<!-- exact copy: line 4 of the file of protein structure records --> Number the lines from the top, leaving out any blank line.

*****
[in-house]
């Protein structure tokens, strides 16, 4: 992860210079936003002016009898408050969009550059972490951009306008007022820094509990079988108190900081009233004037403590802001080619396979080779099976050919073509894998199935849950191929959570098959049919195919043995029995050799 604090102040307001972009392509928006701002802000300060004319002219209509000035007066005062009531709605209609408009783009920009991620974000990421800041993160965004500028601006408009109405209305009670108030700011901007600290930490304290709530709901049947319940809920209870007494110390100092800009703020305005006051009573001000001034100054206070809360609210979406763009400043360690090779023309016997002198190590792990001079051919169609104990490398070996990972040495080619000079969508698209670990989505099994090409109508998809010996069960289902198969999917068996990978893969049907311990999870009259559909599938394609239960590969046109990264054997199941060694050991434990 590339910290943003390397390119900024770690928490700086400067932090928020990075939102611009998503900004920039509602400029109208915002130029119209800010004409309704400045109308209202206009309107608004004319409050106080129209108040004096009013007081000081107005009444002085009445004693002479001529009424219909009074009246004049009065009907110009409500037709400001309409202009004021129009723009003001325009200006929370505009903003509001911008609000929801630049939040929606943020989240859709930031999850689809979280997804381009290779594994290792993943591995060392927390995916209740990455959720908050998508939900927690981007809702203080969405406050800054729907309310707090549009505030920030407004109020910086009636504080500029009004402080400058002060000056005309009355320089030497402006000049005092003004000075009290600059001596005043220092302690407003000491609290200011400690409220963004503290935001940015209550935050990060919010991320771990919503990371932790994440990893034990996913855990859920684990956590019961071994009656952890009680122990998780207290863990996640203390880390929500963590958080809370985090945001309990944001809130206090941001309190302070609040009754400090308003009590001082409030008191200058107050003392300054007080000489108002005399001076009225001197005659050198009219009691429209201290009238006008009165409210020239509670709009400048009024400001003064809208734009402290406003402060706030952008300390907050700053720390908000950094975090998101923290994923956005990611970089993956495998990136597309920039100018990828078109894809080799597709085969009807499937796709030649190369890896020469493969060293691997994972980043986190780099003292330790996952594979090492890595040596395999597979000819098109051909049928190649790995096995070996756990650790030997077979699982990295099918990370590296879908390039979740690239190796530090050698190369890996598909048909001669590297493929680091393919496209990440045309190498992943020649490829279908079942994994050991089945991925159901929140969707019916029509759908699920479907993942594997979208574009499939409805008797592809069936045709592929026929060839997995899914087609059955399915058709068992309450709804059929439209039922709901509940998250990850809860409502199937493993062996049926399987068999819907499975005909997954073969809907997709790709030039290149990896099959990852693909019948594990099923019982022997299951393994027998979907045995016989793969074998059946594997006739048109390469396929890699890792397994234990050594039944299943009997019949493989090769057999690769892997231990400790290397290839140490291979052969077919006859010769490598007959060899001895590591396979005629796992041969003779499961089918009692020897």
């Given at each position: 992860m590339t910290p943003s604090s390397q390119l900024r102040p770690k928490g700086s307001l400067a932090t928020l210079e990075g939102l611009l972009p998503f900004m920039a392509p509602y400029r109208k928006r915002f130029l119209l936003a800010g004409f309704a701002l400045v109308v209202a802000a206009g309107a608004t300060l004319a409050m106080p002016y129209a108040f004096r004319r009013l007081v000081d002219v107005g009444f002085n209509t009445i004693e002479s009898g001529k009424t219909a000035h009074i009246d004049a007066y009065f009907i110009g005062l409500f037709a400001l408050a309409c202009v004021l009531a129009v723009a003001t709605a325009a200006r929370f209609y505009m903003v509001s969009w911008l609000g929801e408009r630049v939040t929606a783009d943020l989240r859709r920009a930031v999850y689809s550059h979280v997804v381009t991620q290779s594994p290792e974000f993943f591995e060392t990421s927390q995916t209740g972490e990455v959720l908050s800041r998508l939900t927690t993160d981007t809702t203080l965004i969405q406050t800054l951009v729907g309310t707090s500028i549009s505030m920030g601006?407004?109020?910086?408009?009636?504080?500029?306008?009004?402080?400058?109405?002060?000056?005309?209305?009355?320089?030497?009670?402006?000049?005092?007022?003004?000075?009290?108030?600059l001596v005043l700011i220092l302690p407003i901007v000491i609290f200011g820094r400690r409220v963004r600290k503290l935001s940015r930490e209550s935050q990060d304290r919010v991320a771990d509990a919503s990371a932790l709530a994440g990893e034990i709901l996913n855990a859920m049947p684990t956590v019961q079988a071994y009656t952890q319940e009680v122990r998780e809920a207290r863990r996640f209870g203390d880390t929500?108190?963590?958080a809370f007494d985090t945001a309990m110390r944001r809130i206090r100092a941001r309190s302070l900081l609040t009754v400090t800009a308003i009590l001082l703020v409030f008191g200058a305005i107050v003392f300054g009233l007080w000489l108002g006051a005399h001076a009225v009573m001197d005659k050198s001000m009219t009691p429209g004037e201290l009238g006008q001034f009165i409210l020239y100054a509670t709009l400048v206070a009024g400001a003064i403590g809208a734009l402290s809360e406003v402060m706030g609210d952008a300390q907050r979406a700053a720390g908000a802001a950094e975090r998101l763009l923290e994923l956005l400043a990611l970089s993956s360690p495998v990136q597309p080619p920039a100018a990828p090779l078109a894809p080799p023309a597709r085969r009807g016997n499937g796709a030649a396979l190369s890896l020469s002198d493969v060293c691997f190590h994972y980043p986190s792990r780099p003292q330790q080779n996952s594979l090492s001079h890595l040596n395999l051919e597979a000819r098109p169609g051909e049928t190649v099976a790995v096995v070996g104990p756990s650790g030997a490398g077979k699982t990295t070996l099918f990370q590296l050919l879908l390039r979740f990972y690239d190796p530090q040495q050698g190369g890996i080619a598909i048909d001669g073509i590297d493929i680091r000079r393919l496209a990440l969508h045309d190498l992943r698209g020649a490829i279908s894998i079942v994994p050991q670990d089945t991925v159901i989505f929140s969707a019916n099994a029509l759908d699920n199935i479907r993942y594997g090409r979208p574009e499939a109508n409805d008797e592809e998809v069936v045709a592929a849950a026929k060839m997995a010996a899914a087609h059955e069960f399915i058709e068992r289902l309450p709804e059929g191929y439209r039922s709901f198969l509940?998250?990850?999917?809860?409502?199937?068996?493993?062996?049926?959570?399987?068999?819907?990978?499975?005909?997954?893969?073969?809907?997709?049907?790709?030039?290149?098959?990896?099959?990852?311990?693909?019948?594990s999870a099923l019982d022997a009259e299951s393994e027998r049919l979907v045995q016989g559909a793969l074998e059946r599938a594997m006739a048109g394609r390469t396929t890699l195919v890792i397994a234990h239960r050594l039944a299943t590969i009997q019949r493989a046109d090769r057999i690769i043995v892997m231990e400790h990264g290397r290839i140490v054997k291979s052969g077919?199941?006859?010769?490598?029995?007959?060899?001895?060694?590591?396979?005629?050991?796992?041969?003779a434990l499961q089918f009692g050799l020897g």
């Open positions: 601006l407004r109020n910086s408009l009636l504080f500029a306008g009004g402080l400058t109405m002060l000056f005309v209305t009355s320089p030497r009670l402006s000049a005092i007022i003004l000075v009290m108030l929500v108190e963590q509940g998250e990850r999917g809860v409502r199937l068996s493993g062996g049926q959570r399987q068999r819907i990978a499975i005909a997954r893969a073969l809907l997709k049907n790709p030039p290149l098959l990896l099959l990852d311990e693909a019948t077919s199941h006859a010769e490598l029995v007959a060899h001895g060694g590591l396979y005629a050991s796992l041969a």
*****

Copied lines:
């Open positions: 601006l407004r109020n910086s408009l009636l504080f500029a306008g009004g402080l400058t109405m002060l000056f005309v209305t009355s320089p030497r009670l402006s000049a005092i007022i003004l000075v009290m108030l929500v108190e963590q509940g998250e990850r999917g809860v409502r199937l068996s493993g062996g049926q959570r399987q068999r819907i990978a499975i005909a997954r893969a073969l809907l997709k049907n790709p030039p290149l098959l990896l099959l990852d311990e693909a019948t077919s199941h006859a010769e490598l029995v007959a060899h001895g060694g590591l396979y005629a050991s796992l041969a």